Shammah admits it’s not easy to fund such programs, especially for smaller distributors with limited access to capital. Such programs can require millions of dollars in upfront costs, he says, but they also ensure long-term business for the distributor.

“We recognize the business we could capture, and if you capture enough of it, then you’re building business that can ship every month for the next 10 years, giving you a foundation to grow on,” he says. “[This program] gives us a backlog [of business] that our bank likes to see. It really gives us a strong backbone to build in business that is 10 years forward.”

The Anti-Counterfeit Angle

Programs such as Area 51’s offer a response to customers’ growing concerns over counterfeit components, Shammah explains. Since last year’s passage of the National Defense Authorization Act (NDAA), more customers are seeking proof that suppliers can verify the authenticity of the components they sell—an issue that becomes more acute when customers can’t find the components they need and start turning to open-market sources. The NDAA includes new rules for purchasing electronic components in the defense supply chain, heightening awareness among customers in virtually all lines of trade to the dangers of counterfeit components.

Even large authorized distributors are finding themselves needing to prove the authenticity of their inventory. Kevin Sink, vice president of total quality for authorized distributor TTI Inc., said earlier this fall he was seeing an increase in weekly requests from customers seeking counterfeit mitigation plan statements. Such actions are a response to the NDAA’s Section 818, which addresses the need for enhanced inspection and reporting procedures among government agencies and contractors.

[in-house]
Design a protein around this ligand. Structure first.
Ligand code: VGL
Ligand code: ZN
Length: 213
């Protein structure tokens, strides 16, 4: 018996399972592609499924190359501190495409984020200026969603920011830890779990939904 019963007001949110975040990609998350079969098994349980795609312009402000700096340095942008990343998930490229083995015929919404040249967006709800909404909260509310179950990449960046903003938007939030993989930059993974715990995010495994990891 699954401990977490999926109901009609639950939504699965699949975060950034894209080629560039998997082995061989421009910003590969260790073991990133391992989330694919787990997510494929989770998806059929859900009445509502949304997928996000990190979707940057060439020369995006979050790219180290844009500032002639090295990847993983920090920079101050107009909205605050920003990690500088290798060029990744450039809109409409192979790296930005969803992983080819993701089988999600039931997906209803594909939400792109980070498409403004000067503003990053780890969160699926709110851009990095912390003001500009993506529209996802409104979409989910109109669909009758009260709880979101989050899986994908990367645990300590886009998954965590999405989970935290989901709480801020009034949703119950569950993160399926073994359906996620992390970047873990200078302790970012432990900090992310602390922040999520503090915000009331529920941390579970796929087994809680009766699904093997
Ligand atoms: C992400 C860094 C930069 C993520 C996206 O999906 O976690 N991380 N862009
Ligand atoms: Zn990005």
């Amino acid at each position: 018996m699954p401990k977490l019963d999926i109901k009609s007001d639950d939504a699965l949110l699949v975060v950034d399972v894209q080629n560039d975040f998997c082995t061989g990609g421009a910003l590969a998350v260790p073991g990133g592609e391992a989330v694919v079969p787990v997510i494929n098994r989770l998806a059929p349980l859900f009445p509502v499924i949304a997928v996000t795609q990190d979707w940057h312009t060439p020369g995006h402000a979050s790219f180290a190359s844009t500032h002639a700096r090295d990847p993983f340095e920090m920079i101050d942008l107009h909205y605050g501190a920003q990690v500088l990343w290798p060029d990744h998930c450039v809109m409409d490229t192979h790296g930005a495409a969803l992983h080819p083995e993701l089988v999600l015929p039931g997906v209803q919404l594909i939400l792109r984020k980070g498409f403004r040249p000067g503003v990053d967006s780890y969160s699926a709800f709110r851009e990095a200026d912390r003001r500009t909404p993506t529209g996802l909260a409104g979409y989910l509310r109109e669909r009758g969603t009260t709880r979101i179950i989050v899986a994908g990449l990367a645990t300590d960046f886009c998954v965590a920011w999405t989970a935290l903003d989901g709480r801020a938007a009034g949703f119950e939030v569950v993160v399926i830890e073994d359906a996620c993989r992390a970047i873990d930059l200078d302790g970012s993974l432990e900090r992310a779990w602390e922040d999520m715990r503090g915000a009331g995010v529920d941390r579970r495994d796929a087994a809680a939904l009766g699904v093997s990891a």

Companies throughout the supply chain say there’s good reason for the concern. The danger of counterfeit parts includes product failure—in the worst cases, causing injury or even death and in others contributing to a reputation for poor quality. In a recent webcast sponsored by industry analyst firm IHS, NASA representatives identified counterfeiting as one of their greatest concerns.

“Our number one challenge is counterfeit parts,” said NASA’s Steven Foster, head of procurement quality assurance at the Dryden Flight Research Center, adding that the situation causes the agency to engage in extensive activities to mitigate risk.

Electronics distributor Components Direct offers another pointed example of a company attempting to combat the counterfeit problem by offering customers access to authentic obsolete and EOL parts. The company offers 100% traceable semiconductor components from more than 150 manufacturers and bills itself as the premier source for excess and EOL semiconductors.